How do you see computer interaction evolving?

Josh Clark: It’s a really exciting time for interaction design because so many new technologies are becoming mature and affordable. Touch got there a few years ago. Speech is just now arriving. Computer vision with face recognition and gesture recognition like Kinect are coming along. So, we have all these areas where computers are learning to understand our particularly human forms of communication.

In the past, we had to learn to act and think like the machine. At the command line, we had to write in the computer’s language, not our own. The desktop graphical user interface was a big step forward in making things more humane through visuals, but it was still oriented around how computers saw the world, not humans. When you consider the additions of touch, speech, facial expression, and physical gesture, you have nearly the whole range of human (and humane) communication tools. As computers learn the subtleties of those expressions, our interfaces can become more human and more intuitive, too.

Touchscreens are leading this charge for now, but touch isn’t appropriate in every context. Speech is obviously great for the car, for walking, for any context where you need your eyes elsewhere. We’re going to see interfaces that use these different modes of communication in context-appropriate combinations. But that means we have to start thinking hard about how our content works in all these different contexts. So many are struggling just to figure out how to make the content adapt to a smaller screen. How about how your content sounds when spoken? How about when it can be touched, or how it should respond to physical gestures or facial expressions? There’s lots of work ahead.

Are Google’s rumored heads-up-display glasses a sign of things to come?

Josh Clark: I’m sure that all kinds of new displays will have a role in the digital future. I’m not especially clever about figuring out which technology will be a huge hit. If someone had told me five years ago that the immediate future would be all about a glass phone with no buttons, I’d have said they were nuts. I think both software and context and, above all, human empathy make the difference in how and when a hardware technology becomes truly useful. The stuff I’ve seen of the heads-up-display glasses seems a bit awkward and unnatural. The twitchy way you have to move your head to navigate the screen seems to ask you to behave a little robot-like. I think trends and expectations are moving in an opposite direction — technology that adapts to human means of expression, not humans adapting to technology.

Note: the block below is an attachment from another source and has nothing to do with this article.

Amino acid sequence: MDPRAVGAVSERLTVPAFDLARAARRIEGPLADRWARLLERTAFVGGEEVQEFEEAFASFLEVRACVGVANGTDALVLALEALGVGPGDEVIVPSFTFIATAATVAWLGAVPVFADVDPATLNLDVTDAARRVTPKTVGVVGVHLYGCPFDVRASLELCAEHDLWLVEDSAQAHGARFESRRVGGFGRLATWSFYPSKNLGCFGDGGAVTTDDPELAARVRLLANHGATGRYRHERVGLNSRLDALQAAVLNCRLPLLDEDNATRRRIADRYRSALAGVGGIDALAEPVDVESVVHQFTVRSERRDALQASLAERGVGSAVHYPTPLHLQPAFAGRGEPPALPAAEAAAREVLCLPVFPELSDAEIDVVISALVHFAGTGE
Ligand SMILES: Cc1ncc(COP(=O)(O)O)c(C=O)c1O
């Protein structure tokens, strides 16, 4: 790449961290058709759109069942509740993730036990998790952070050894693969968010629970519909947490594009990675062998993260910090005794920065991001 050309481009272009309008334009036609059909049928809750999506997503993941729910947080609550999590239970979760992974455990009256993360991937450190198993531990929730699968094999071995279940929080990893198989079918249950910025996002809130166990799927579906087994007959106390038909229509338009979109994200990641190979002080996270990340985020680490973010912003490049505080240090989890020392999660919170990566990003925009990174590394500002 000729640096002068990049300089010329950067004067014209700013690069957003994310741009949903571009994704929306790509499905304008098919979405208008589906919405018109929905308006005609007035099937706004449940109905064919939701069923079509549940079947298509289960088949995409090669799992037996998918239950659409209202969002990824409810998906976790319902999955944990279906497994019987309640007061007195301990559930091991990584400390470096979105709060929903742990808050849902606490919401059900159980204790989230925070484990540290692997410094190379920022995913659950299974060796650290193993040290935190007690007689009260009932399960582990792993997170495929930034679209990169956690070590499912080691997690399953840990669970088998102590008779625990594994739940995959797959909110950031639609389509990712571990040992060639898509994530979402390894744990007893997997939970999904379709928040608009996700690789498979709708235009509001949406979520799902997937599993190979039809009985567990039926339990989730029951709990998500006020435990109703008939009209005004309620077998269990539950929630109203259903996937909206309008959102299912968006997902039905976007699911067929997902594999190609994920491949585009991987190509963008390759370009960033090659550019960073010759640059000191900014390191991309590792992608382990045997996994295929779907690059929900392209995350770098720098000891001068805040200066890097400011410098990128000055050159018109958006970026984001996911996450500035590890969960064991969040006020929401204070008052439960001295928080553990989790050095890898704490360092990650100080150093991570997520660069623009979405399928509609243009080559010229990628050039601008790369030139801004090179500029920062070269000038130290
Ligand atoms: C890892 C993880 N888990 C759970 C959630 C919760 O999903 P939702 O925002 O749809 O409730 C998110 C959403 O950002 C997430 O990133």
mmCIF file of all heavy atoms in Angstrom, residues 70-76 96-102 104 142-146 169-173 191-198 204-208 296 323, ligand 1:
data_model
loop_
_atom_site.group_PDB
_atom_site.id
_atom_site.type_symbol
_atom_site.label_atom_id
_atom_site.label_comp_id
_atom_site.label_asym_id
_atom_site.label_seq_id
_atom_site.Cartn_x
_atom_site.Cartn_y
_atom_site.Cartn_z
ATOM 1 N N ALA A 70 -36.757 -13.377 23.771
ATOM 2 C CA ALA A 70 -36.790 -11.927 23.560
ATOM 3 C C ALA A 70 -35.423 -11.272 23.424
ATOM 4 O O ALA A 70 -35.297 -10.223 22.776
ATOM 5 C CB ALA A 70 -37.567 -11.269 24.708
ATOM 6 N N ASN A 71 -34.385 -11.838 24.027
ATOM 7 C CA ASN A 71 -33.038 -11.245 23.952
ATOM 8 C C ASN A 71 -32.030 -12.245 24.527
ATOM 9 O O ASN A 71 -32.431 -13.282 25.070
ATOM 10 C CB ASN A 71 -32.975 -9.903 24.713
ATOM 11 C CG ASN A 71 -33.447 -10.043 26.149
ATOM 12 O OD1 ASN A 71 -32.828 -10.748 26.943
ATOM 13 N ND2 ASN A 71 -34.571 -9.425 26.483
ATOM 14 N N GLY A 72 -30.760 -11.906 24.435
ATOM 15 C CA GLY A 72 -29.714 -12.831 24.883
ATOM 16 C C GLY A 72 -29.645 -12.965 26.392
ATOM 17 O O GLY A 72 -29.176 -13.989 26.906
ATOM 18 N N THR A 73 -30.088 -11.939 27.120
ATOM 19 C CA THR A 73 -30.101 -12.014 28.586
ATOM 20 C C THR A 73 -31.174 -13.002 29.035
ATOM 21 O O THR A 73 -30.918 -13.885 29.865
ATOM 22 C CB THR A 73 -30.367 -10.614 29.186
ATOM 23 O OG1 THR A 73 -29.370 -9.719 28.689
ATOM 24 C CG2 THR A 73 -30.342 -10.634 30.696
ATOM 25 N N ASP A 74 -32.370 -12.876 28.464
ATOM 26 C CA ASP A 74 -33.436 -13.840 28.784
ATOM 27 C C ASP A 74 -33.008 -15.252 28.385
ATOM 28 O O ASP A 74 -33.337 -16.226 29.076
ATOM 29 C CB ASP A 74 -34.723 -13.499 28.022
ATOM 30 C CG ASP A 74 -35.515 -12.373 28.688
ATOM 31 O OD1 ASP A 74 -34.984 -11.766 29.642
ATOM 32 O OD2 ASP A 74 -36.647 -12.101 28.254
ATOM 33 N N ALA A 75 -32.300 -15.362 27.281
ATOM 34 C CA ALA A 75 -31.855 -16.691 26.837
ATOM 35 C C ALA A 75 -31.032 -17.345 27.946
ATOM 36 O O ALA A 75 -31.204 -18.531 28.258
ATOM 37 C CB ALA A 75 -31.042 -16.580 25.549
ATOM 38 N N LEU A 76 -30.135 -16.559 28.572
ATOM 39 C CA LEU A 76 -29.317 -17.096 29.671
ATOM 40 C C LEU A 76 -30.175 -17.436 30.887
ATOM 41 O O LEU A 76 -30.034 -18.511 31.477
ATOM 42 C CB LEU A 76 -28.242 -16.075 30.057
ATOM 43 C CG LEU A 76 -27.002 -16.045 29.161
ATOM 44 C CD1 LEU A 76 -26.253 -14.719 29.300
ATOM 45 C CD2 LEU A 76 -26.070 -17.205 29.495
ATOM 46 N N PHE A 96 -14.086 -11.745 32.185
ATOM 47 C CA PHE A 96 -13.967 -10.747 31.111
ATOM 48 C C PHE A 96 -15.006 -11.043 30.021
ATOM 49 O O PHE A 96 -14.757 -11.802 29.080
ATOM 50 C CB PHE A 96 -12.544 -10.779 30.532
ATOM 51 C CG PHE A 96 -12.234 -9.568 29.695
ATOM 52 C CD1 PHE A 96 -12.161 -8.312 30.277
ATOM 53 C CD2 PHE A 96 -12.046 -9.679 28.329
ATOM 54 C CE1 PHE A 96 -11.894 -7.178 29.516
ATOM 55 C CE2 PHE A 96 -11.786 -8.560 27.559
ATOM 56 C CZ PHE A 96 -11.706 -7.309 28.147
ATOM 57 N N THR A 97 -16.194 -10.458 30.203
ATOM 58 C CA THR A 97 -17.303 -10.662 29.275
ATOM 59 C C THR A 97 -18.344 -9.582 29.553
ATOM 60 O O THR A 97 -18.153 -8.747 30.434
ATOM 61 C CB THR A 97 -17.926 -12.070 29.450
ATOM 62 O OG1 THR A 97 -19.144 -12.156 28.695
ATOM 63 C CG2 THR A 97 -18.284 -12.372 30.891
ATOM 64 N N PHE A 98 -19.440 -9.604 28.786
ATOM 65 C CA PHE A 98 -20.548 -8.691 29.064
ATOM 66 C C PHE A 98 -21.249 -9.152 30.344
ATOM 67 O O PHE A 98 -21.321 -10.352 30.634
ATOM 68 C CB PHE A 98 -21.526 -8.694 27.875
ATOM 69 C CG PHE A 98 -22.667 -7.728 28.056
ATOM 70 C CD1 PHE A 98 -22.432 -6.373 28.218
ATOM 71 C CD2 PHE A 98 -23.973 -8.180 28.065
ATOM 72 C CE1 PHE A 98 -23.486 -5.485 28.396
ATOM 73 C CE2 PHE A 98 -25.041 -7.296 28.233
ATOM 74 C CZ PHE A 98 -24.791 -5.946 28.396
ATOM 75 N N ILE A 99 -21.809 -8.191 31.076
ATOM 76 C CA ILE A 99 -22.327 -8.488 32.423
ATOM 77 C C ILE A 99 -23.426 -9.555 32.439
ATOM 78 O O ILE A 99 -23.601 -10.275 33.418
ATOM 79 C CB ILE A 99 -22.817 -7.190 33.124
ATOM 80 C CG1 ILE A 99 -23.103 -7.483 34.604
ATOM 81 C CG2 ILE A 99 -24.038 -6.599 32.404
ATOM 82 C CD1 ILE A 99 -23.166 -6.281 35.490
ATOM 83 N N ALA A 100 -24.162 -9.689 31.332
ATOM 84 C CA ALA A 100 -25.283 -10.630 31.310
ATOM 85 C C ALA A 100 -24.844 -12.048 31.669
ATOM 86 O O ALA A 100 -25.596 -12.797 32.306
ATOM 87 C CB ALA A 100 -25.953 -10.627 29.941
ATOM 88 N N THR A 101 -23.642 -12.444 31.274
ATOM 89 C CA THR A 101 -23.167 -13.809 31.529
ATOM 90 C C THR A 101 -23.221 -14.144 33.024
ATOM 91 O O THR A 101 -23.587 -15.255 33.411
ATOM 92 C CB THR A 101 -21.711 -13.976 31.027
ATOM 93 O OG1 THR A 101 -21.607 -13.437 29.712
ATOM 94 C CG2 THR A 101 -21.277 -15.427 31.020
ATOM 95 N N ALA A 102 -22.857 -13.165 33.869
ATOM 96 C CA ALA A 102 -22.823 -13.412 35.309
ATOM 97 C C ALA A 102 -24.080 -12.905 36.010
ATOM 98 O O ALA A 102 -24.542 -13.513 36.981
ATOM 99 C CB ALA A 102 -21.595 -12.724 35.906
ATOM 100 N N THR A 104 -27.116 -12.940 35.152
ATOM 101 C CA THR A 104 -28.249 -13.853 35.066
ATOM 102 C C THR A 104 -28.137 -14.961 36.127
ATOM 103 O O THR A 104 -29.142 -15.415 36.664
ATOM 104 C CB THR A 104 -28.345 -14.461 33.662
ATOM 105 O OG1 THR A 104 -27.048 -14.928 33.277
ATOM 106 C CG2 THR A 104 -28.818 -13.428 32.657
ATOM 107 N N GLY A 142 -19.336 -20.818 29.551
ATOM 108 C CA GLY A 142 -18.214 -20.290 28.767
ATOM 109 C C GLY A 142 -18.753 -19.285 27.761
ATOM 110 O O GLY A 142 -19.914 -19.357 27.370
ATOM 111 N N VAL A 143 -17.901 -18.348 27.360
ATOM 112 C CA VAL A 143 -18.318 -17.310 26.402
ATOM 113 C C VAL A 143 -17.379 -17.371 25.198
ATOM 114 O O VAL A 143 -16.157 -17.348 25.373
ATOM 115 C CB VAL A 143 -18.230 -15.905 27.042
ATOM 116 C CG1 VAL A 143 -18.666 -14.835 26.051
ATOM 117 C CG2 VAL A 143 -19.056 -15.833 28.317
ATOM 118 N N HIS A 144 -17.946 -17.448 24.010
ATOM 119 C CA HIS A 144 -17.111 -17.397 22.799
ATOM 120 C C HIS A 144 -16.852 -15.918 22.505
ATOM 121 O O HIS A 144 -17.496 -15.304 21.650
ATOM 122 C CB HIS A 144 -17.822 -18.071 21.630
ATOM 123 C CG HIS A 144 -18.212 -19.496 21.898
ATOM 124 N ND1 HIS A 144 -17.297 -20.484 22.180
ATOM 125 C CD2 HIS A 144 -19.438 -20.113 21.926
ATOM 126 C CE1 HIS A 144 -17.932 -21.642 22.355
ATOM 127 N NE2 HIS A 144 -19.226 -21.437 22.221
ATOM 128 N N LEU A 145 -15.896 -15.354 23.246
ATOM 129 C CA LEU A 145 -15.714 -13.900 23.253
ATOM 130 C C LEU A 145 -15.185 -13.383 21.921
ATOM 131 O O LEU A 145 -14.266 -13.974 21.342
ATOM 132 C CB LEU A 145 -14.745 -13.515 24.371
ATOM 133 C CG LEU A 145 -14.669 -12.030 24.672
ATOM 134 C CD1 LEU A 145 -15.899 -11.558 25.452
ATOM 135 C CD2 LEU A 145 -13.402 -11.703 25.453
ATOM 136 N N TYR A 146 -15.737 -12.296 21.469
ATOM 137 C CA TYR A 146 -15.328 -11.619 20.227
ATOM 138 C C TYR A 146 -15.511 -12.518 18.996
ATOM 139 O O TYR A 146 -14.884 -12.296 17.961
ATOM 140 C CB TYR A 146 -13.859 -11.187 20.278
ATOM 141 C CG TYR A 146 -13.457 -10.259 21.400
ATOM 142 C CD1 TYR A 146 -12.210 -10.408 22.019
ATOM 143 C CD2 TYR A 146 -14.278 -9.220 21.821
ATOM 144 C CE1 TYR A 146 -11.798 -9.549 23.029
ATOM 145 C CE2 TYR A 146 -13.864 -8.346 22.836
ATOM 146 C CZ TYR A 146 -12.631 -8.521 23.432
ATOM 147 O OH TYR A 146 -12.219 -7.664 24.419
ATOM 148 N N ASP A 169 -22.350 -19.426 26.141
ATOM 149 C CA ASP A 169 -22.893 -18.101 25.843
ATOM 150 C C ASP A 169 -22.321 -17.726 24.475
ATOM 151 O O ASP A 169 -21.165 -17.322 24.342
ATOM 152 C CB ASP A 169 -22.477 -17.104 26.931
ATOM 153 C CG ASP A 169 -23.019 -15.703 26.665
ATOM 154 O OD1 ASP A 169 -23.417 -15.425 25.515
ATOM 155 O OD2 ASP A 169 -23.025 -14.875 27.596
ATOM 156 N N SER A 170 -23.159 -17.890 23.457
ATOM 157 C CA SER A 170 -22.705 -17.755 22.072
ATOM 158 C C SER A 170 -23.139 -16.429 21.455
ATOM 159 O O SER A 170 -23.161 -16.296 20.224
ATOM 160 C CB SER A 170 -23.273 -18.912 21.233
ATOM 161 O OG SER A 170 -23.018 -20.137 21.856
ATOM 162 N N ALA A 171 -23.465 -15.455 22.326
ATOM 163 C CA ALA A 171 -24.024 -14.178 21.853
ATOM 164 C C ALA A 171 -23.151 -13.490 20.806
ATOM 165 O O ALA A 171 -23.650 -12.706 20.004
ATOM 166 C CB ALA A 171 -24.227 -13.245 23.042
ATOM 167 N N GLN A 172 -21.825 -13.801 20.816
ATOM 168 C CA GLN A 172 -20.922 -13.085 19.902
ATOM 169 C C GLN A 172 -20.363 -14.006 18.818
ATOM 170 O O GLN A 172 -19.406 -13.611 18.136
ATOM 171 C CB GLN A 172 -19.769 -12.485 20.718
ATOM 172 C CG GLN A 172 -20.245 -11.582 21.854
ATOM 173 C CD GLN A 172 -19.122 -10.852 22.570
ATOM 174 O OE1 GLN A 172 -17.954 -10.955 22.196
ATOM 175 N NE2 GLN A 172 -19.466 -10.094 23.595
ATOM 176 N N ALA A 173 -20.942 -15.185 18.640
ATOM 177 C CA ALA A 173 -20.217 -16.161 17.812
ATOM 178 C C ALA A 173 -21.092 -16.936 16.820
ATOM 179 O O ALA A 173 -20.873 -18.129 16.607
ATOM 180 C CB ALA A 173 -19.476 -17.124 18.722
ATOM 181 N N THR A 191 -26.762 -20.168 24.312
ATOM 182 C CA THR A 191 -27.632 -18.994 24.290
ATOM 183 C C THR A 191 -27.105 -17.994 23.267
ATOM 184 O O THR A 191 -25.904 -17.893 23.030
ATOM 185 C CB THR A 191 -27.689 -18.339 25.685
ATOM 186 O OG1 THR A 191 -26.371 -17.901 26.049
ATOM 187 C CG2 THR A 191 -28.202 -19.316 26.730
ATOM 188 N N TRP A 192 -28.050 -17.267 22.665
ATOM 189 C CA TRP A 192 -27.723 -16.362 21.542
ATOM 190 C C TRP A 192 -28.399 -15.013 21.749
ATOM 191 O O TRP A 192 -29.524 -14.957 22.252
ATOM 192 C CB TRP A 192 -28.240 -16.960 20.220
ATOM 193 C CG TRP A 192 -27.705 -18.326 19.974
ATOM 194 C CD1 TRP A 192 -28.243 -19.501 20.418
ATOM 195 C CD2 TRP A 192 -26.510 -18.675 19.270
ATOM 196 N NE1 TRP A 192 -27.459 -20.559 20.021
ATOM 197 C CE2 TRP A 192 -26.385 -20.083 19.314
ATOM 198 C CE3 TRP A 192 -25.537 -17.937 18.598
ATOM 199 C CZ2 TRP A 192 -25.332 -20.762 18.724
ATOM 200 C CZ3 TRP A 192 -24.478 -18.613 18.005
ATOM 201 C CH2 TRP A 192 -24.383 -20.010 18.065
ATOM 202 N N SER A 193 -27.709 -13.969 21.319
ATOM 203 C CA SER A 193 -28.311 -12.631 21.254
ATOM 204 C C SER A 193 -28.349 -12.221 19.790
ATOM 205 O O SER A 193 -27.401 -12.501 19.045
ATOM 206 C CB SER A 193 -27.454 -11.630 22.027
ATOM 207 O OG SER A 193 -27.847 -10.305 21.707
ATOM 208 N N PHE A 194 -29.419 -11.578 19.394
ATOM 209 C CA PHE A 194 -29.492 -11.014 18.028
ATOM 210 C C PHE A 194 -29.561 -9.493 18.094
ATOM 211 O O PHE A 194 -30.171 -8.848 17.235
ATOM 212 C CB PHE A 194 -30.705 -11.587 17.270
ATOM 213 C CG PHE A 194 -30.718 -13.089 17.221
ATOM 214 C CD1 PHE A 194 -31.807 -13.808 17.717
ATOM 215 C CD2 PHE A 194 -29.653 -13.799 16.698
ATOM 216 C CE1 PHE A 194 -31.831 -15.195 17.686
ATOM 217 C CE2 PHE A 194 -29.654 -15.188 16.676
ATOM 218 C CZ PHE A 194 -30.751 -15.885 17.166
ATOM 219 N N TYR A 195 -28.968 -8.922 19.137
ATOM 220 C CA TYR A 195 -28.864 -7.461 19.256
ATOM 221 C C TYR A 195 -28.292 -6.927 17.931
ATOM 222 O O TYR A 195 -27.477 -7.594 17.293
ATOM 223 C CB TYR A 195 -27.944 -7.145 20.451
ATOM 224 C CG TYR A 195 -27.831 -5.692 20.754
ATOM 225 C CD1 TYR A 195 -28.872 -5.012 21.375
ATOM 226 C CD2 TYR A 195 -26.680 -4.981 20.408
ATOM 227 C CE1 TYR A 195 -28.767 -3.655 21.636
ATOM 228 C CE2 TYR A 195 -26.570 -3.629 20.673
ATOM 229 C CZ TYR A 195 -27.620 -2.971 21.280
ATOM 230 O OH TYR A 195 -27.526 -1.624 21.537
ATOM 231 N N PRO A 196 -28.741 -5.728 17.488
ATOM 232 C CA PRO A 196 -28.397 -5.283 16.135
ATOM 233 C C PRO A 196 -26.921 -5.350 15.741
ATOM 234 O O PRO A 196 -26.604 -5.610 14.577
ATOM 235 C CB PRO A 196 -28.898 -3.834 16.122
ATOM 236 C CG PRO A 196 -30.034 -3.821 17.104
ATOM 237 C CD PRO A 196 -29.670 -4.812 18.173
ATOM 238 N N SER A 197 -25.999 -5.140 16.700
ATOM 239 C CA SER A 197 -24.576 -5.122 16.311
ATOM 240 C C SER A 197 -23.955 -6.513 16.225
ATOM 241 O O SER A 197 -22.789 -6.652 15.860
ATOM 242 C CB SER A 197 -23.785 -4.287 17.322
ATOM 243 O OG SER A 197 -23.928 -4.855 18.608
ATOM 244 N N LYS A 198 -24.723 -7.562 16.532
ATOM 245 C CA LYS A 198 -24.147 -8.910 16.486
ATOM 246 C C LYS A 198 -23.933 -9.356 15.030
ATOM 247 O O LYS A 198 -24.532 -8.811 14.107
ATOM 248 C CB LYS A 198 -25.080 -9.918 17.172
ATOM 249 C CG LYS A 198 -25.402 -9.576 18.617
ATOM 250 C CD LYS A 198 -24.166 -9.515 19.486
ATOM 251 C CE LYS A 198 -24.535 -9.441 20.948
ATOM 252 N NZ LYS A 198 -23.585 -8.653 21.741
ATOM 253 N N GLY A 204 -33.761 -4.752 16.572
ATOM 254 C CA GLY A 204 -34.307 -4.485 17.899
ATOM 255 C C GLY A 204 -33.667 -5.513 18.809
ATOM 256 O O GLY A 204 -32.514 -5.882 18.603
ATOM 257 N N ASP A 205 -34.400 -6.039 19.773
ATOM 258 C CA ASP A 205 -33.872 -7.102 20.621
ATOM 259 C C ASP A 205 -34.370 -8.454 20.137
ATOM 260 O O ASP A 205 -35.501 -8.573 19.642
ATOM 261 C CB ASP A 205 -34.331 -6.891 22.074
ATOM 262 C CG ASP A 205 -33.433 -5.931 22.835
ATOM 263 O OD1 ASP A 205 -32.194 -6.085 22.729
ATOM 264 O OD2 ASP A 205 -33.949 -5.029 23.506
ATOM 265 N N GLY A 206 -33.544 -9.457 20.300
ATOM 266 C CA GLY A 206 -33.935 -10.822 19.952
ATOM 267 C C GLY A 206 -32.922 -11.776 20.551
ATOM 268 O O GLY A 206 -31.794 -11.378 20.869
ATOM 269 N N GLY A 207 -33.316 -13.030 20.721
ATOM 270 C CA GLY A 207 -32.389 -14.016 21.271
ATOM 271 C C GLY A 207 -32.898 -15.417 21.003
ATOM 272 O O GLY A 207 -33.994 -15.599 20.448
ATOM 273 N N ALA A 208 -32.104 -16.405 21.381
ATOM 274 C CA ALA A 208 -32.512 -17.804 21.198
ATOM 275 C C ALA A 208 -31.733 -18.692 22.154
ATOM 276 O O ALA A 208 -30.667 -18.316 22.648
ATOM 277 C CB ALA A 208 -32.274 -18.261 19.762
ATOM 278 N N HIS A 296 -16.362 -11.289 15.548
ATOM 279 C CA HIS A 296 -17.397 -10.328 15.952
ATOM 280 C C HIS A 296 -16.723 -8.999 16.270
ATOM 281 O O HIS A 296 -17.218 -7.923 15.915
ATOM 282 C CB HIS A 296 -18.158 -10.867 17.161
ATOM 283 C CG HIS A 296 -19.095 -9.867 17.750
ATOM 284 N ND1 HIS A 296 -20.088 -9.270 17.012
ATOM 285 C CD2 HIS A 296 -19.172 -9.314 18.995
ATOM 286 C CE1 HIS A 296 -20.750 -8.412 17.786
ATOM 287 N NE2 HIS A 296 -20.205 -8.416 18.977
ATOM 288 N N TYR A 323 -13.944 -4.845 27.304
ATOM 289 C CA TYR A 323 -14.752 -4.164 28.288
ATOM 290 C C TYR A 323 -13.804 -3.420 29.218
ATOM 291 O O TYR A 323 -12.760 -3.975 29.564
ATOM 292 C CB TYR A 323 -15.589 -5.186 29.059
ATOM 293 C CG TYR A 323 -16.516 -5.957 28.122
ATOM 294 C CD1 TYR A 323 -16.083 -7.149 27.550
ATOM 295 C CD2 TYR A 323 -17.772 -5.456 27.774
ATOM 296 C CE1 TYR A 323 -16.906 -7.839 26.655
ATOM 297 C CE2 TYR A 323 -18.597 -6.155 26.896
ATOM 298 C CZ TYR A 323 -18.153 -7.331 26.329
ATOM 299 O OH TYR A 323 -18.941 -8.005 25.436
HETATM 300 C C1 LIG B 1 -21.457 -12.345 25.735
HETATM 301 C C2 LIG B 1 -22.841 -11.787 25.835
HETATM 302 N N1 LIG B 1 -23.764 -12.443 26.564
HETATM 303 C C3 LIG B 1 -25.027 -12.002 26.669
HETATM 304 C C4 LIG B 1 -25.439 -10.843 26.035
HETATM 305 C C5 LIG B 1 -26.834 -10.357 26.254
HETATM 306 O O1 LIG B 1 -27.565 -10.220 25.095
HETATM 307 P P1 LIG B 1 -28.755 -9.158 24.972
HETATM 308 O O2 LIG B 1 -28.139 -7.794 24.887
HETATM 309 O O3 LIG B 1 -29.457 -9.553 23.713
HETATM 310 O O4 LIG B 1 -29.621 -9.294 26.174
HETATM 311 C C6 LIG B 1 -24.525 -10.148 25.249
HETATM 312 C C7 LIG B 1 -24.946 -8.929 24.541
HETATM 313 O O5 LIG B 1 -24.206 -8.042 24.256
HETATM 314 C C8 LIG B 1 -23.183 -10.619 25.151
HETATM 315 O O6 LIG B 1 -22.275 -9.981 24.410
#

This interview was edited and condensed.


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  • SlimeFree

    I agree touch screens are more intuitive and if used properly can immerse people in their applications in so many creative ways. Buttons are decades away from being “a hack” though. The same children interacting with the Ipad will still use button keyboards once older until a touchscreen keyboard that is functional for lengthy text is developed, or some other creative form of silent text capturing is created. Touchscreen keyboards these days will not cut it even if word recognition and auto-correct were perfect; this is why people connect their bluetooth wireless keyboards to their Ipads. The day where buttons are completely useless are for future generations, nothing soon, but the usages of touch/gesture in this article are interesting.

  • Anonymous

    I’m confused, touch screens are interactive but gestures are not? So, the idea of manual manipulation is inherent but cognitive dissonance arises because there is no inherent metaphor.

    Which means, its all learned behavior anyhow, there is no such thing as ‘natural interfaces’. Stop trying.

  • datenwolf